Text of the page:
Greater weight-for-height has been associated with prolonged survival in patients with end-stage renal disease (ESRD) but not in the general population. The association between body size and health status has not been carefully evaluated.We compared the self-reported health status of 2467 participants in the Dialysis Morbidity and Mortality Study Wave 2 by using body mass index (BMI; in kg/m2) to approximate body size and composition.BMI was categorized into 4 groups (<19, 19 to <25, 25 to <30, and > or = 30) corresponding to World Health Organization criteria for underweight, normal-weight, overweight, and obese status. We adjusted for demographic, clinical, and laboratory factors that may have confounded the association between body size and health status.Scores on the physical component summary and the physical functioning scale were significantly lower for obese subjects than for those with normal weight or moderately high BMI after adjustment for demographic factors, comorbidity, and laboratory markers of nutritional status. Mental component summary and symptom scores were unrelated to BMI. The underweight group scored lower on many Medical Outcomes Study 36-Item Short Form scales than did the normal-weight group.Whereas higher BMI has consistently been associated with enhanced dialysis-related survival, health status-particularly physical function-may be impaired by obesity. Additional longitudinal studies of body weight and composition are needed for a better understanding of the complex effects of obesity and undernutrition in persons with ESRD and advanced chronic kidney disease.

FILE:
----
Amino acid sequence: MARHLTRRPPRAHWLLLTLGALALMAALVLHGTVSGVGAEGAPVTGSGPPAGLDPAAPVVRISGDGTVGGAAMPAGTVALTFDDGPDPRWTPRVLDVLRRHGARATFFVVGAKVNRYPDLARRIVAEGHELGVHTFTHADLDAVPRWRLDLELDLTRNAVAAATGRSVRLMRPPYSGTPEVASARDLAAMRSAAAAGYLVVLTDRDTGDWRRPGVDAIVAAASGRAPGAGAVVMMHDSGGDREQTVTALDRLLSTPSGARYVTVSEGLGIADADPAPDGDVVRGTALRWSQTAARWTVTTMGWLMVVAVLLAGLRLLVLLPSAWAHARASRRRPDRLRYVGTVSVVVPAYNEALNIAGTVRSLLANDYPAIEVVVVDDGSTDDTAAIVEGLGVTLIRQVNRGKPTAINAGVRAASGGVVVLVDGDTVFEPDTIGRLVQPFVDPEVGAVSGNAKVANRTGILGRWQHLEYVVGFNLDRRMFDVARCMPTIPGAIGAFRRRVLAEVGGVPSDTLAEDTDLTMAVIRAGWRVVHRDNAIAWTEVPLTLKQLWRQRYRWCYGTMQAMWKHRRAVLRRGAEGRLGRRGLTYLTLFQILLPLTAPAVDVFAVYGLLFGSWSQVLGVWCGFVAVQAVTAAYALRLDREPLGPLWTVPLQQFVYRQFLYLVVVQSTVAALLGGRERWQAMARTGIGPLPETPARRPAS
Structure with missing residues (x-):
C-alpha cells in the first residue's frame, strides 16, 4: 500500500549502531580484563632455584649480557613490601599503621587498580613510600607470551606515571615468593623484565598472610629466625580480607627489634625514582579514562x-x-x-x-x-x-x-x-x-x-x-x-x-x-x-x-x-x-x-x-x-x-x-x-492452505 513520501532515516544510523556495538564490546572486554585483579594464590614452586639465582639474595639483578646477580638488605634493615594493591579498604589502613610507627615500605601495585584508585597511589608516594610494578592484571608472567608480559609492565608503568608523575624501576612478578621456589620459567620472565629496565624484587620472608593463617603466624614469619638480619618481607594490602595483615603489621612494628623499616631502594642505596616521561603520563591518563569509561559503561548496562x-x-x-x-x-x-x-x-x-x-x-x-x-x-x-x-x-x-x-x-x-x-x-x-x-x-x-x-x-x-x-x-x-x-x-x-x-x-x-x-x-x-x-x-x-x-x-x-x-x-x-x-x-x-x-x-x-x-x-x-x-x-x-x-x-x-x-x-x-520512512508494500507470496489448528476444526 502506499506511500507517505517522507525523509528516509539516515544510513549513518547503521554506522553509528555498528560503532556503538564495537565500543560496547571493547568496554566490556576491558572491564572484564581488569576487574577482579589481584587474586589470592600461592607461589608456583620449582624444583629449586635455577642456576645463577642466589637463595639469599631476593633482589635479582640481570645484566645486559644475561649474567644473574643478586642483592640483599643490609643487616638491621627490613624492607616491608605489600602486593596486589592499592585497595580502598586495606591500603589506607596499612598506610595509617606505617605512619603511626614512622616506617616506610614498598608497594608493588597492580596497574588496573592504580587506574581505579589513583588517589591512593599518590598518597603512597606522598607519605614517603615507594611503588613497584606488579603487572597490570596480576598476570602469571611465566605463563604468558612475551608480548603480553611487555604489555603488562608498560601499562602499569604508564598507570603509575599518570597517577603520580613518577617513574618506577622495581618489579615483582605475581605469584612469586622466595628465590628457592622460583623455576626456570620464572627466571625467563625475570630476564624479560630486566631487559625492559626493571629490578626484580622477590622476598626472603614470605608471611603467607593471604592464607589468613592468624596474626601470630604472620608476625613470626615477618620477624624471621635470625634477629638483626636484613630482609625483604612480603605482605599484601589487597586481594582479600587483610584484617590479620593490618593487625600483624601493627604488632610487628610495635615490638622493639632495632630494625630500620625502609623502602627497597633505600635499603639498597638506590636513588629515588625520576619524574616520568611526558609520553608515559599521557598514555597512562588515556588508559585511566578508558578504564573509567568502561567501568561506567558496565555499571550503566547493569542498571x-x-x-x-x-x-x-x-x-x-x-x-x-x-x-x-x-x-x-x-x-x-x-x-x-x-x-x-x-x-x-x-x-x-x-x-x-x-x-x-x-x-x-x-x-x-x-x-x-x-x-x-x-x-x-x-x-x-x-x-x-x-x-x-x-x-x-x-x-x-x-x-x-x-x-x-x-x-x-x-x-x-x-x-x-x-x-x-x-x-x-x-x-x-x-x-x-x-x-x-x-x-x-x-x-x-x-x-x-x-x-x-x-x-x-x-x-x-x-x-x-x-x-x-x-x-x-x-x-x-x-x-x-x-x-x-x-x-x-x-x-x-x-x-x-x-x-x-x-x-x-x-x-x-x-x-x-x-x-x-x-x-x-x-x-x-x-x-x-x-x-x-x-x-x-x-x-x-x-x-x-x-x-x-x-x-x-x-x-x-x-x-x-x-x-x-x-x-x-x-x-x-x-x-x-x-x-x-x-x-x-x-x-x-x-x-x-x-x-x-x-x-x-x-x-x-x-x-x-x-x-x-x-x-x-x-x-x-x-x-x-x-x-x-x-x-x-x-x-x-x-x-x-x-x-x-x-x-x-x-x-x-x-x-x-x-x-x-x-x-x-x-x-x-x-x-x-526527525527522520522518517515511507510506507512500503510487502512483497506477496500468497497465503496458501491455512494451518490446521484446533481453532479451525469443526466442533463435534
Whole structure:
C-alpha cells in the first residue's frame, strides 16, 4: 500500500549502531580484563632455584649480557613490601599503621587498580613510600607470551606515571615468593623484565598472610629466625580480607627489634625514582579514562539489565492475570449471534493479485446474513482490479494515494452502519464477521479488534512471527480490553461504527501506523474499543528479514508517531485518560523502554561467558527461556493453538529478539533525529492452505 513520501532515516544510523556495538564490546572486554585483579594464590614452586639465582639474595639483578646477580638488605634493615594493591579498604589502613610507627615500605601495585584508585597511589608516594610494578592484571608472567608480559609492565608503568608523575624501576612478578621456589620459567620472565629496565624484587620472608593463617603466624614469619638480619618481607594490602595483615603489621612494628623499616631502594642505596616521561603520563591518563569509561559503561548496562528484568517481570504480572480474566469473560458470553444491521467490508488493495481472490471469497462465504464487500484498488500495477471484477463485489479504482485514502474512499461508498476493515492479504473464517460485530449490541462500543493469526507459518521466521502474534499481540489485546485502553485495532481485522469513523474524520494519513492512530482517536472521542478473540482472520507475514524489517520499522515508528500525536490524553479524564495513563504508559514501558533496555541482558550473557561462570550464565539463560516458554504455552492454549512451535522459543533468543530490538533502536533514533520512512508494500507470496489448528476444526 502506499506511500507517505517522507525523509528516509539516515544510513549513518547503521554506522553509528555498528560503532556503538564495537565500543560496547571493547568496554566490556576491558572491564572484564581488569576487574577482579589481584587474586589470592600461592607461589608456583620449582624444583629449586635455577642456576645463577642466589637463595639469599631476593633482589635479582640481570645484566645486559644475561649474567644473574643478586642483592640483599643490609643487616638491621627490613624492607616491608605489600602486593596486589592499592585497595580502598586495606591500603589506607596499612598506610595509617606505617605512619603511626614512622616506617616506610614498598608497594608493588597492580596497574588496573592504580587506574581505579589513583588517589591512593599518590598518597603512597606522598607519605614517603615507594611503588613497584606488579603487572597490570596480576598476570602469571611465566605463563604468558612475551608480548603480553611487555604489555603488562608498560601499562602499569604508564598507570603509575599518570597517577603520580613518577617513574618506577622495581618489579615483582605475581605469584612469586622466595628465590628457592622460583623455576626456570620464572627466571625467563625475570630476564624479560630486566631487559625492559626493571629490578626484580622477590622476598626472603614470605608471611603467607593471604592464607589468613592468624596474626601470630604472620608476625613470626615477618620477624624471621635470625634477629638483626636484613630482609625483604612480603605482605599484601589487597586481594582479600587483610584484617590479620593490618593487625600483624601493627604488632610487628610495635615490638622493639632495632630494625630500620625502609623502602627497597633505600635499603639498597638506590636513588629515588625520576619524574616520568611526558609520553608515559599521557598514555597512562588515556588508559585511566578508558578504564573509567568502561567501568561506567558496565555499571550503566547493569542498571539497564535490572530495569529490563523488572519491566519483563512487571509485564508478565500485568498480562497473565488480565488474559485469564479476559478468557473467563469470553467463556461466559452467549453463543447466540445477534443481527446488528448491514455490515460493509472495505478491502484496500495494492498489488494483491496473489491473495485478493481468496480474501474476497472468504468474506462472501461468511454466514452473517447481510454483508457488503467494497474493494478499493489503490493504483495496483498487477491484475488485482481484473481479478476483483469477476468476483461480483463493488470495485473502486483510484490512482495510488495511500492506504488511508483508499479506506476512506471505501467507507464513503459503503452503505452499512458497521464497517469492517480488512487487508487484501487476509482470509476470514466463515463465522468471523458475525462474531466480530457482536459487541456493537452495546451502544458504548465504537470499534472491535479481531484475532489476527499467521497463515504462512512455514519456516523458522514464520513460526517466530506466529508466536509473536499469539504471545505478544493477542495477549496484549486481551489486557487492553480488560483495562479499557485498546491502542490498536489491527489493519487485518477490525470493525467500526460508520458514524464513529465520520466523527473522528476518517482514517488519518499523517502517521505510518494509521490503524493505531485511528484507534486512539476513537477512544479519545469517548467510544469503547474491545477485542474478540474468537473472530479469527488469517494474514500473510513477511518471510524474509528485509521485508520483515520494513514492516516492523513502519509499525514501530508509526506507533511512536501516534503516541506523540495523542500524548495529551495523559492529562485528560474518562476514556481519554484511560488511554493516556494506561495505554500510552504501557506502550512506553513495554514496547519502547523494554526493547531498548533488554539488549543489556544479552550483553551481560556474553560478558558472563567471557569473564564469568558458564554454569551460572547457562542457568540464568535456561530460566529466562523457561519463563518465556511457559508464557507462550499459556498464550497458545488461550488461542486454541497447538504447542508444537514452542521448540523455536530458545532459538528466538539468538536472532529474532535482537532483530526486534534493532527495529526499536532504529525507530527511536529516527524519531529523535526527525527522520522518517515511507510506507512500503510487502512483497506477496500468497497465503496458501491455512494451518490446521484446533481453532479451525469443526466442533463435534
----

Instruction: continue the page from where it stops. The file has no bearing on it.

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View details for PubMedID 16522899